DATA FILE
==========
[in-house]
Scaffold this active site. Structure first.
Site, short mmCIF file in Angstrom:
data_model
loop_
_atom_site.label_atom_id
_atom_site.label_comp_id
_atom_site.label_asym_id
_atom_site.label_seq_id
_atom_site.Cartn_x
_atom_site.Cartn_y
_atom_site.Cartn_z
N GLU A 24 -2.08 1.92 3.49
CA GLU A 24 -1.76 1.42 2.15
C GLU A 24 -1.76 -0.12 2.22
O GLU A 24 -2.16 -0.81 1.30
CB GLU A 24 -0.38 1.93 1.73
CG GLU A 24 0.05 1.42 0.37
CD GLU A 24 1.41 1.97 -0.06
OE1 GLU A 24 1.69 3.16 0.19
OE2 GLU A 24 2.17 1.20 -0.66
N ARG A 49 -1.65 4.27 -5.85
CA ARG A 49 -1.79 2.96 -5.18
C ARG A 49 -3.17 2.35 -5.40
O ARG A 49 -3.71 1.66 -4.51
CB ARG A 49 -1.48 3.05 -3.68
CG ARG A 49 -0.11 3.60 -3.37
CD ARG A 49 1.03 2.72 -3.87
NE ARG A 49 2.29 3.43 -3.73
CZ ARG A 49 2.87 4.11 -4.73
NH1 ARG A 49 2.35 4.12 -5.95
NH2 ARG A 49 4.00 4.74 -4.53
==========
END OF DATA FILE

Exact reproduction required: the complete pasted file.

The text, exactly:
[in-house]
Scaffold this active site. Structure first.
Site, short mmCIF file in Angstrom:
data_model
loop_
_atom_site.label_atom_id
_atom_site.label_comp_id
_atom_site.label_asym_id
_atom_site.label_seq_id
_atom_site.Cartn_x
_atom_site.Cartn_y
_atom_site.Cartn_z
N GLU A 24 -2.08 1.92 3.49
CA GLU A 24 -1.76 1.42 2.15
C GLU A 24 -1.76 -0.12 2.22
O GLU A 24 -2.16 -0.81 1.30
CB GLU A 24 -0.38 1.93 1.73
CG GLU A 24 0.05 1.42 0.37
CD GLU A 24 1.41 1.97 -0.06
OE1 GLU A 24 1.69 3.16 0.19
OE2 GLU A 24 2.17 1.20 -0.66
N ARG A 49 -1.65 4.27 -5.85
CA ARG A 49 -1.79 2.96 -5.18
C ARG A 49 -3.17 2.35 -5.40
O ARG A 49 -3.71 1.66 -4.51
CB ARG A 49 -1.48 3.05 -3.68
CG ARG A 49 -0.11 3.60 -3.37
CD ARG A 49 1.03 2.72 -3.87
NE ARG A 49 2.29 3.43 -3.73
CZ ARG A 49 2.87 4.11 -4.73
NH1 ARG A 49 2.35 4.12 -5.95
NH2 ARG A 49 4.00 4.74 -4.53